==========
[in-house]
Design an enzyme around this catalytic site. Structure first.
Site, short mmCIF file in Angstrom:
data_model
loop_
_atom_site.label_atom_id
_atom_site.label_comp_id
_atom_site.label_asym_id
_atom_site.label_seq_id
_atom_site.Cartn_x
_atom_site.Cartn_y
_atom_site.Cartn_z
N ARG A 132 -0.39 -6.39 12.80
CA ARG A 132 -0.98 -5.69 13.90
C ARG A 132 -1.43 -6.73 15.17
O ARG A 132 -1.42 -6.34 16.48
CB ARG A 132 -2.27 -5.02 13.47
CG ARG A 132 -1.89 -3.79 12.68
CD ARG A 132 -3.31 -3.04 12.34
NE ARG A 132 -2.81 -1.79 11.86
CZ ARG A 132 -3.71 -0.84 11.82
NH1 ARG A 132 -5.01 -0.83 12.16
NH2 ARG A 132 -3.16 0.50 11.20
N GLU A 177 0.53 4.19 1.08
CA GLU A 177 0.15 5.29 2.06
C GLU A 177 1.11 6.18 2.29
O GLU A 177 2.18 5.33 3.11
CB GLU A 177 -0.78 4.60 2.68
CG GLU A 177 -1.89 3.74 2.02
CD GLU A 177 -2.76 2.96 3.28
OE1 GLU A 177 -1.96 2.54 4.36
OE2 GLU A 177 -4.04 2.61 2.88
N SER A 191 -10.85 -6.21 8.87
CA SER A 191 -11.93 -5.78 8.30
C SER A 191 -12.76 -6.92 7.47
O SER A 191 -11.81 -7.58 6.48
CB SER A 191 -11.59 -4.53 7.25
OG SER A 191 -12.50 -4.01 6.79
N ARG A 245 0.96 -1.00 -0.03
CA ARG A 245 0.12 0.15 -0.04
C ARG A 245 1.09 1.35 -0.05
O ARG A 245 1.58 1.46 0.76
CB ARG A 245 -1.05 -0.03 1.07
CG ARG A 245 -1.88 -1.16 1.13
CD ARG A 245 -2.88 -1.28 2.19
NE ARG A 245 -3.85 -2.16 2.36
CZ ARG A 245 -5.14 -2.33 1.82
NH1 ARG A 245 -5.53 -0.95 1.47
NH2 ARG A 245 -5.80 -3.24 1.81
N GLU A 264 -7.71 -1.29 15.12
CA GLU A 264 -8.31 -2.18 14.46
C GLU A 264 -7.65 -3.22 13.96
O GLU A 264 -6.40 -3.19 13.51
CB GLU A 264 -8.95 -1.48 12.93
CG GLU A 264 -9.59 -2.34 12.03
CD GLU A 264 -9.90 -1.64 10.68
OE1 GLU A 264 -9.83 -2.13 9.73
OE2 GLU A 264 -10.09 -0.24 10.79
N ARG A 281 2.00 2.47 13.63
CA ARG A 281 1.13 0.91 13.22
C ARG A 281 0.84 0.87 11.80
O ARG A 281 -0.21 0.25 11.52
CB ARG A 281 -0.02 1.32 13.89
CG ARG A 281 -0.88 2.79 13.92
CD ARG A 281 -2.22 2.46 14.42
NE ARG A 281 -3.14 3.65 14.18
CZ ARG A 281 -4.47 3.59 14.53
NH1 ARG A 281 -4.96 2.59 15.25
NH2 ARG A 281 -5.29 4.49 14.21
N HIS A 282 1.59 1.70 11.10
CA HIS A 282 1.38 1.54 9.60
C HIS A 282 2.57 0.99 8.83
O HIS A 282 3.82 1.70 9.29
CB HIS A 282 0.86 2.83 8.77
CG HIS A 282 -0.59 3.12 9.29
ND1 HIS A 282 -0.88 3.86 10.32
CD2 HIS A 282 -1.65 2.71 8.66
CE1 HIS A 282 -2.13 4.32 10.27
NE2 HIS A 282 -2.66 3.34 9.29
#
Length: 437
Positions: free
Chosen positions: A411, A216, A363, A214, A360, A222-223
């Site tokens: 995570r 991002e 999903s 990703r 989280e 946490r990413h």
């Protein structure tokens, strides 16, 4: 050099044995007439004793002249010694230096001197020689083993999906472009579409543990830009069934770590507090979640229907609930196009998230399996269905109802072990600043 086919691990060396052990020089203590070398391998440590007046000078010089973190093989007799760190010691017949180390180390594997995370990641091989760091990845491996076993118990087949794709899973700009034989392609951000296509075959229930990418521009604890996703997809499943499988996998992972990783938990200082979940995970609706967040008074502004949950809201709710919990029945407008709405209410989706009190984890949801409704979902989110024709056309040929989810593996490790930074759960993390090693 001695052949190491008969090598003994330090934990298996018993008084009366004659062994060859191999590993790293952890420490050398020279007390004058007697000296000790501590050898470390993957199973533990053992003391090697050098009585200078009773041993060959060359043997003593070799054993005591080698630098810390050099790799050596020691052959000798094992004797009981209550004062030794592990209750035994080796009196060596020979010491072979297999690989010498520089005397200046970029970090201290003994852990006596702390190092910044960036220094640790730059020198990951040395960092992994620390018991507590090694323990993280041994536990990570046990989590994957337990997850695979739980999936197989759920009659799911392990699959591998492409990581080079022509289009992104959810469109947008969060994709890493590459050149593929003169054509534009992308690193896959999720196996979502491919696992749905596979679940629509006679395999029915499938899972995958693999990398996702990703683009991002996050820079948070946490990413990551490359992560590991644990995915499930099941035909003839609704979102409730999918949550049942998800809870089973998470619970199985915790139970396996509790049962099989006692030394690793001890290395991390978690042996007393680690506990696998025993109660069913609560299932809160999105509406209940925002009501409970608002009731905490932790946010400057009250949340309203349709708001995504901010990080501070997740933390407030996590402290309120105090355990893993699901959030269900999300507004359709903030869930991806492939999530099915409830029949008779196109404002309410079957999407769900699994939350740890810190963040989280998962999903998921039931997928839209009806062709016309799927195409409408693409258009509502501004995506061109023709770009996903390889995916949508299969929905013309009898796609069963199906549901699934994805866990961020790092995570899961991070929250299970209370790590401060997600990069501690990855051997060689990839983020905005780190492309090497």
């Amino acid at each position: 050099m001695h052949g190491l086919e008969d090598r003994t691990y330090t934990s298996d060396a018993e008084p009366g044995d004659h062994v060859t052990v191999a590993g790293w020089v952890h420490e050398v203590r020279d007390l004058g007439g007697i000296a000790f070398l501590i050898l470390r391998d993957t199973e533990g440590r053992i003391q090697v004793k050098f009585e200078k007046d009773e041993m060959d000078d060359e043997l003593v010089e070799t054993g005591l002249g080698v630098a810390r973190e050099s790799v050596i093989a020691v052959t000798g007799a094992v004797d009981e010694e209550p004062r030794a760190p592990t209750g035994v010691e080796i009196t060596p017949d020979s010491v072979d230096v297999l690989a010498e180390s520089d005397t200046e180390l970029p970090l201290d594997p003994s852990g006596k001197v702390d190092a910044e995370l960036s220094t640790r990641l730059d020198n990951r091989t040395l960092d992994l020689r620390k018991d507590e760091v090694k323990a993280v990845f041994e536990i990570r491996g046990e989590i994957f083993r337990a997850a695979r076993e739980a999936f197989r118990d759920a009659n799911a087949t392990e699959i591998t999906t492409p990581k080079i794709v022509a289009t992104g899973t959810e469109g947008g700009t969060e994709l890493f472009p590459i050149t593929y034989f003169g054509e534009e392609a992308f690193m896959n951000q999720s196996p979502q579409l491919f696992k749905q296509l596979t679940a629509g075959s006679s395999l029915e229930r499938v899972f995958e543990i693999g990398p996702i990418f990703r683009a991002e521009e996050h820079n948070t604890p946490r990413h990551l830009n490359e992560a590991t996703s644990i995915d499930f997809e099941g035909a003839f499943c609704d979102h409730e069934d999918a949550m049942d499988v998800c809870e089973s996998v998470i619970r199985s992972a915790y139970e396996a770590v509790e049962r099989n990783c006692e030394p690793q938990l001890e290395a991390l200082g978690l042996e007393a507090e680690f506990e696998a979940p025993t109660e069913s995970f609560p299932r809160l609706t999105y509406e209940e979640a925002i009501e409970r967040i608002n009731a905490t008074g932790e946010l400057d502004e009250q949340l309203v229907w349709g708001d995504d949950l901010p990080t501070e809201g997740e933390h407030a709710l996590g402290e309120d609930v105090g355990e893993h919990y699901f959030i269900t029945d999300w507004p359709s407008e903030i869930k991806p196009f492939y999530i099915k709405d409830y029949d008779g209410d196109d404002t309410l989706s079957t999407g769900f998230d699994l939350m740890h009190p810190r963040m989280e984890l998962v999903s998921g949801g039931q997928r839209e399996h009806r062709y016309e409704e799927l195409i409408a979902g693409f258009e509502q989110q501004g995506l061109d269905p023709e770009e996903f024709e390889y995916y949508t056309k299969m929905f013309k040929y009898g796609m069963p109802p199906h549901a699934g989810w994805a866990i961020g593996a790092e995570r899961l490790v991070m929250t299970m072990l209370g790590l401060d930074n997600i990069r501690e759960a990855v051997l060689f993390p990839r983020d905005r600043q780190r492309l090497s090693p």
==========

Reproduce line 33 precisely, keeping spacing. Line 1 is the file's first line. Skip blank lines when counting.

N SER A 191 -10.85 -6.21 8.87